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Increase Public Accountability With Your Team

Inspired by Asana

  • Team Framework

  • Targets Burnout

Increase Public Accountability With Your Team

A Framework to hold your teams accountable to big, hairy, audacious goals

đź“— Framework Details

Justin Rosenstein, co-founder of Asana, employs a unique management meeting structure designed to foster both psychological safety and accountability among senior leaders.

The approach that Asana employs unfolds in a weekly all-hands meeting each Tuesday. During these meetings, each team leader publicly announces their commitments, specifying milestones they pledge to achieve by a particular date. This is performed in a setting that includes peers, direct reports, executives, and the CEO—thereby eliminating any scope for ambiguity.

Following the commitment phase, leaders review their previously set milestones, acknowledging the outcomes. For example, a team leader might declare, "Three weeks ago, I committed to shipping this feature by Thursday, and I did ship it on Thursday."

Applause and high-fives are shared freely on these occasions. Notably, leaders who fail to meet their milestones are neither ostracized nor penalized. Instead, the culture emphasizes support and constructive feedback. Leaders who don't meet their commitments are required to furnish notes explaining the reasons behind their shortfall and any other pertinent details. This is followed by a collective brainstorming session where advice is generously shared.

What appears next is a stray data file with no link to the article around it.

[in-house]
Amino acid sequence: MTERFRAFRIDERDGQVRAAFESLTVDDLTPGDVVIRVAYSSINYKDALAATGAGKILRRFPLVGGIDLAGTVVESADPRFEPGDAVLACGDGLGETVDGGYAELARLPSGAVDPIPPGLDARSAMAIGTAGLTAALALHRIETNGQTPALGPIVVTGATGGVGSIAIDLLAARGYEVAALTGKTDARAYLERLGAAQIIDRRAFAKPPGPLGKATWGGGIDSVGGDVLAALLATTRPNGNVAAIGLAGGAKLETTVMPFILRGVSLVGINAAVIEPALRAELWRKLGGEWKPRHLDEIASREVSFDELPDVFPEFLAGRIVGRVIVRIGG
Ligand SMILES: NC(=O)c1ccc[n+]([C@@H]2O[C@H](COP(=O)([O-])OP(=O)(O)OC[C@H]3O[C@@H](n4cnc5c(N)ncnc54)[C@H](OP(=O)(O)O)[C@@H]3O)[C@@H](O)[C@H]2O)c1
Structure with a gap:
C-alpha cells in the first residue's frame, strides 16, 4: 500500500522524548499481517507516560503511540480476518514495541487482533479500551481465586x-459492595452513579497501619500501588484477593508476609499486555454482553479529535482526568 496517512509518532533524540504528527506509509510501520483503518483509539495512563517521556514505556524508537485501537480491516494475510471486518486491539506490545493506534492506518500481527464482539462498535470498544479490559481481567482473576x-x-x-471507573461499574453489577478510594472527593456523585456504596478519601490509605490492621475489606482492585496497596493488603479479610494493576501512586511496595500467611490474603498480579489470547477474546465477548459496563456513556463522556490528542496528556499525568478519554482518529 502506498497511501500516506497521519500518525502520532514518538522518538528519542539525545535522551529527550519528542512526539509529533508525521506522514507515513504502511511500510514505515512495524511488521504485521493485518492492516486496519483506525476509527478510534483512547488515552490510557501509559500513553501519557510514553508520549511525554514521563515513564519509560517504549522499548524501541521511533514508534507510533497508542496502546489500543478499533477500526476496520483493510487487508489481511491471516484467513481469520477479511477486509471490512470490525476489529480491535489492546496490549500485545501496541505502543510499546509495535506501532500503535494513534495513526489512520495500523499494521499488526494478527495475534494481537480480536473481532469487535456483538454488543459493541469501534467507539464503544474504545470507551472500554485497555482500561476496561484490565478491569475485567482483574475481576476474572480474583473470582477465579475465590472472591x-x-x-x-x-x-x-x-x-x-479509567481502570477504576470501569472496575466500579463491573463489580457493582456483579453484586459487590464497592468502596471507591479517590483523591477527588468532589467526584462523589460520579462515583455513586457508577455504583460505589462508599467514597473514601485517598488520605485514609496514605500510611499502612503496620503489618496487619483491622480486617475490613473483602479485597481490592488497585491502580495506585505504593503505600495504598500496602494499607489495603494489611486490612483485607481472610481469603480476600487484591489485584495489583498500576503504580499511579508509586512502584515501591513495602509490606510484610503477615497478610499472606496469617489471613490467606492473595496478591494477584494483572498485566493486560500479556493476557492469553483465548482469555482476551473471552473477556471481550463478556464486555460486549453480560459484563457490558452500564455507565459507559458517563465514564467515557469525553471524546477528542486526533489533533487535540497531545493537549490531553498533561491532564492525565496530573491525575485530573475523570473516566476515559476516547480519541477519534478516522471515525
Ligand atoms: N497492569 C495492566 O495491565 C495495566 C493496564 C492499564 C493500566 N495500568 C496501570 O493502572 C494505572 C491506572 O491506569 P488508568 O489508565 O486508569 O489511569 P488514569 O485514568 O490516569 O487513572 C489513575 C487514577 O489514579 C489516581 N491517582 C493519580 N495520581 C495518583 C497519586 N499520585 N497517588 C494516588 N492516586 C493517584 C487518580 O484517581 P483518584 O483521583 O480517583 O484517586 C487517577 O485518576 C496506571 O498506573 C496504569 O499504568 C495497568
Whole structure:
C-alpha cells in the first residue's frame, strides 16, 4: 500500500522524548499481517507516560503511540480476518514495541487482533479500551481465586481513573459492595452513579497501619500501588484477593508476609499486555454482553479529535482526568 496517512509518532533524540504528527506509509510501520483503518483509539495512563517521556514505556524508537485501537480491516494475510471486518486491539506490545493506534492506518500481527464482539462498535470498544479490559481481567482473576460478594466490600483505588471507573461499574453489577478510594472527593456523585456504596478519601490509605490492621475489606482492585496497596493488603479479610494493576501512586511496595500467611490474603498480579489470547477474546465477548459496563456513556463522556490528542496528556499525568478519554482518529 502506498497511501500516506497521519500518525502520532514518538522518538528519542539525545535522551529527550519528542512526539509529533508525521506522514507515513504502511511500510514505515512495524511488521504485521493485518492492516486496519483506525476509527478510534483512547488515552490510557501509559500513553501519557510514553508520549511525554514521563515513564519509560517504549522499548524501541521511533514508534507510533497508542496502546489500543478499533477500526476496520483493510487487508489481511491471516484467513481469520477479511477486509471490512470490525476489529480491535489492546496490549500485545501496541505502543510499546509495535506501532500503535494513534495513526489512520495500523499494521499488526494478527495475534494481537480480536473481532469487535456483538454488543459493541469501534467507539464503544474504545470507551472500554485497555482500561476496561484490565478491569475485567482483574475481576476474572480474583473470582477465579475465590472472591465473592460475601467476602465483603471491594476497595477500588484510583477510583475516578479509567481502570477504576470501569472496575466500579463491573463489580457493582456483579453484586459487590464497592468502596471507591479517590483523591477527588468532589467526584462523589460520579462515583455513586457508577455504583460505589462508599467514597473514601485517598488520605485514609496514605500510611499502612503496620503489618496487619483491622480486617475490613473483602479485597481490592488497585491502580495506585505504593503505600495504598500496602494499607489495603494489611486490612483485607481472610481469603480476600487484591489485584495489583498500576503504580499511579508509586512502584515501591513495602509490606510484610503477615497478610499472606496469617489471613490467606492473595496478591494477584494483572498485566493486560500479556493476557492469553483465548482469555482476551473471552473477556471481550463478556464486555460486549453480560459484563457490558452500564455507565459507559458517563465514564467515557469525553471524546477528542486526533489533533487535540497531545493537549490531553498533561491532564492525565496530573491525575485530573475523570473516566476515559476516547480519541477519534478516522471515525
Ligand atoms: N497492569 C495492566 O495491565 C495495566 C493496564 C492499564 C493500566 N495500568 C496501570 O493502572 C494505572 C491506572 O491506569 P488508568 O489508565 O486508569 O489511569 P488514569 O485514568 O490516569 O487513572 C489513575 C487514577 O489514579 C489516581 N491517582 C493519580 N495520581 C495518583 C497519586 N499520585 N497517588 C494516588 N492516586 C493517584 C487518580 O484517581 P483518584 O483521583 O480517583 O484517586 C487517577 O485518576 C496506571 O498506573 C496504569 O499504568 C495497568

The brilliance of this framework lies in its blend of psychological safety and accountability. According to research by Edmondson (1999), psychological safety can be a catalyst for innovative problem-solving and learning, which is likely why Asana's approach has gained traction.

đź“— Next Steps

To incorporate this framework within your own organizational context, consider the following actionable steps:

  • Schedule a recurring, organization-wide meeting for the purpose of discussing and committing to milestones. Ensure that the atmosphere is conducive to open dialogue and psychological safety.

  • Set up a system to document these commitments and their outcomes, facilitating transparency and future review.

  • Develop a culture that promotes constructive feedback over punitive measures for unmet commitments. Encourage team members to offer advice and potential solutions in such scenarios.

  • Reinforce that the primary aim is to engender an environment that unites psychological safety with accountability, resulting in a holistic approach to organizational development.